94 Kms from Southend-on-Sea
London is a magnificent melting pot and an exemplary showcase art, culture and beautiful urban spaces - both contemporary and historical. England’s largest city is home to some of the world’s most magnetic Gothic architecture, and a prolific arts and theatre culture. A few must visit places in London are the Tower of London and the Tower Bridge. Head to the Buckingham Palace and catch the changing of the Guard at 11:30am from May until the end of July. Tourists can view the Crown Jewels, and also take a mandatory picture with a guard. Most of London’s museums have free entry, so take it all in from Tate Modern to the City Museum to the National Gallery and the Historical Museum. Make a stop at the Westminster Abbey and revel in the bustling Trafalgar Square that is the heart of London. For something more intimate, take a walk down to the Borough Market that has probably the best food and produce in London. Grab yourself a Cornish pasty or a plateful of the signature fish and chips before you leave the city.
468 Kms from Southend-on-Sea
I have always been in awe of wooden windmills, from the first time I, as a child, attempted to paint a Dutch country side with a windmills-dotted skyline to the time when I visited a windmill-turned-brewery (Browerij’t IJ) in Amsterdam on my student trip in 2011. My short time in Amsterdam had not given me the scope to visit any other windmills around the area and my awe persisted. In my recent Euro-trip, I decided to get a closure on my infatuation and visit the Dutch countryside teeming with these imposing wooden structures. The visit turned out to be much more than windmills and alas, my love for the Dutch countryside continues…In Netherlands, there are two very popular neighborhoods which have been protected and preserved to display the Dutch way of living and trades and crafts from rural Netherlands. One is Kinderdijk (near Rotterdam) which is a UNESCO World Heritage Site. The other is Zaanse Schans (near Amsterdam). We decided on Zaanse Schans because it was easier for us travel-wise. We took a bus from Stuttgart to Amsterdam and then bought an Amsterdam & Region Travel Pass, which covers a lot of neighborhoods around Amsterdam including the famous Keukenhof tulip gardens and Zaanse Schans. Zaanse Schans is a short 45 mins trip from Amsterdam Central by bus.We had booked an Airbnb accommodation in Zaandijk, very close to the site of Zaanse Schaans. After freshening up, we took our bicycles and made our way to the site. It was very windy and our hair was windswept. As we neared the place, a strong odour accosted us. We were to find out later that it was the emissions from the chocolate and starch factories in the region.We had a preconceived picture of a few windmills and wooden houses that we would get to see at the site. But the scene that welcomed us transported us immediately to the industrial age in Netherlands. It is like an open-air museum with bakery, cheese factory, clog-making warehouse and wooden houses with barns and working-windmills on the banks of river Zaan that flows in the area. It indeed looked like a painting.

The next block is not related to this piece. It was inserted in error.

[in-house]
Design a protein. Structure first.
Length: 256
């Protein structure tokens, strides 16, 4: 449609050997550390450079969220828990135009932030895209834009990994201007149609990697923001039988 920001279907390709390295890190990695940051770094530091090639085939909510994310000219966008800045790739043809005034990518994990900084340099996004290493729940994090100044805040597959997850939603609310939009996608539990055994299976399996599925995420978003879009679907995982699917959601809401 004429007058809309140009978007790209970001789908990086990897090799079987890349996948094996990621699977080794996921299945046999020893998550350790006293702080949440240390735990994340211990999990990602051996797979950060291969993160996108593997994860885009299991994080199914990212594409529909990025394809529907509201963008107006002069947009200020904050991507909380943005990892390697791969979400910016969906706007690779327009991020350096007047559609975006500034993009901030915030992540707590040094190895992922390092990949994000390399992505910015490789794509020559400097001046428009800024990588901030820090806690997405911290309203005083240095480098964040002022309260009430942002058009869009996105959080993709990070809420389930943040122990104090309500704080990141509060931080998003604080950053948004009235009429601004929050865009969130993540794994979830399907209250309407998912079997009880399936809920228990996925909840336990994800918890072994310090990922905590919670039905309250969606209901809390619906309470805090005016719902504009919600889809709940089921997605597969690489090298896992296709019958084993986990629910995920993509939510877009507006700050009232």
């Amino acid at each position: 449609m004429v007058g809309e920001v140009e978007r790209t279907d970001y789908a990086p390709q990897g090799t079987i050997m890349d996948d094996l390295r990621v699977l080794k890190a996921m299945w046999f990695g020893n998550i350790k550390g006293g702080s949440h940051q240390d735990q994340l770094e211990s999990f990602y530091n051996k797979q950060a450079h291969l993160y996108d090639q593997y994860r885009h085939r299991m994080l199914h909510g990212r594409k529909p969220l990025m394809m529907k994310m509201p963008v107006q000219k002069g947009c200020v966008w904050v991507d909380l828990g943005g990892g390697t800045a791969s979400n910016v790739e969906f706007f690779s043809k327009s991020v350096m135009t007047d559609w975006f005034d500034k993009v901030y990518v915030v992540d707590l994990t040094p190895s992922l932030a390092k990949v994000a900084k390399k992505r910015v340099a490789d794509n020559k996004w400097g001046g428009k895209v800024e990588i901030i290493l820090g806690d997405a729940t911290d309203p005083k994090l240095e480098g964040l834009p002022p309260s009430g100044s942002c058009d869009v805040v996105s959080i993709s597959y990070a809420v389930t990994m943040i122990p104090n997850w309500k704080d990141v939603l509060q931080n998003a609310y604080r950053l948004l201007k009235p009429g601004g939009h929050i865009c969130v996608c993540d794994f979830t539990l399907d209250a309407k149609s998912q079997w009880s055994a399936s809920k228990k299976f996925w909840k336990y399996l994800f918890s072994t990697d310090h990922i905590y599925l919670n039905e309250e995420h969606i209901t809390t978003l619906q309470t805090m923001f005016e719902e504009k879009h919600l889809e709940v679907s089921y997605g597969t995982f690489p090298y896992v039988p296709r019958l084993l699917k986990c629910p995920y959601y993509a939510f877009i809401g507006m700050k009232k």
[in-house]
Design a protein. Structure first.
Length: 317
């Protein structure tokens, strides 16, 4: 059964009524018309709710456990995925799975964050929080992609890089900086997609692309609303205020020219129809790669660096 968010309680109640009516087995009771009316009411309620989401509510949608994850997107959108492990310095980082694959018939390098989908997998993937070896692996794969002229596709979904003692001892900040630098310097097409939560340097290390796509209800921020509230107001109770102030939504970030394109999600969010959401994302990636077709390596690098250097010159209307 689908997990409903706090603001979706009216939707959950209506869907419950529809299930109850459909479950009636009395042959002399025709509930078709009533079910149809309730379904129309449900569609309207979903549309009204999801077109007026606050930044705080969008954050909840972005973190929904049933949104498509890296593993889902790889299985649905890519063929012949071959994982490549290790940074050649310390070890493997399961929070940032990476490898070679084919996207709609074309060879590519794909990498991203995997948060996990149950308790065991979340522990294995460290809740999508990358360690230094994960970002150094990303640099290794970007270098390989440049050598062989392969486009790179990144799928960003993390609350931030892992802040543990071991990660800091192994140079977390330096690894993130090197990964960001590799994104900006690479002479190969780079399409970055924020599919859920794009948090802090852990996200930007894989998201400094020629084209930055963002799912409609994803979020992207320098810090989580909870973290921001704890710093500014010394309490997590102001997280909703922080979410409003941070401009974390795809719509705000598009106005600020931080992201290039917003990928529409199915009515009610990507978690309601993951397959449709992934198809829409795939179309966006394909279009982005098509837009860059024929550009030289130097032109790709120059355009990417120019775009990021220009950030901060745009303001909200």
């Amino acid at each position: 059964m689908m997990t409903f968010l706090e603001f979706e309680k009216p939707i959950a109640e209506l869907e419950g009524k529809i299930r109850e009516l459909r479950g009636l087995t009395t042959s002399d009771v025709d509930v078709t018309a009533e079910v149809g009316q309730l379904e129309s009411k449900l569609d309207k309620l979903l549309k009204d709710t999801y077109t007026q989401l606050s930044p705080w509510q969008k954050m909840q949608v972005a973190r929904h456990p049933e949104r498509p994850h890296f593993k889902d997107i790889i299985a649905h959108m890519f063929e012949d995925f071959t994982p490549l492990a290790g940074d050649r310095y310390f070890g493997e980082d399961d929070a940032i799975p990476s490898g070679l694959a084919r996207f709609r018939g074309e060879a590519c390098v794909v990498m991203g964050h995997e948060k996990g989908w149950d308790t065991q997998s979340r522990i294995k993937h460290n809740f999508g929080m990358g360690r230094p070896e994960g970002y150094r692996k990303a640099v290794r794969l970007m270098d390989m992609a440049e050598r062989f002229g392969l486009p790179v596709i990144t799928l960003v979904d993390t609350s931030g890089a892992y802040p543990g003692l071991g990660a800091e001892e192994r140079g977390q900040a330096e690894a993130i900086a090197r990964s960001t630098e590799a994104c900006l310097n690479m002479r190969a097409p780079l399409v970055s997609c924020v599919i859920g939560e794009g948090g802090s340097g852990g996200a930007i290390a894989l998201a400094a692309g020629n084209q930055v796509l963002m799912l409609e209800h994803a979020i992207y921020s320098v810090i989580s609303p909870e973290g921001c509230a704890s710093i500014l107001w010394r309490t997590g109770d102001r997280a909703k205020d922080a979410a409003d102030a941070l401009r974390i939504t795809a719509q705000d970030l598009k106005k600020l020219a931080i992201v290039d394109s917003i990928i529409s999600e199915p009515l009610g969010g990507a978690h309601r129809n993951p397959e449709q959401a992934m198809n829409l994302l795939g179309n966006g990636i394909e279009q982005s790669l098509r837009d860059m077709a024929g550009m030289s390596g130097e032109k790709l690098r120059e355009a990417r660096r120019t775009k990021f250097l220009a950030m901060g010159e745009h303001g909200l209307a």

410 Kms from Southend-on-Sea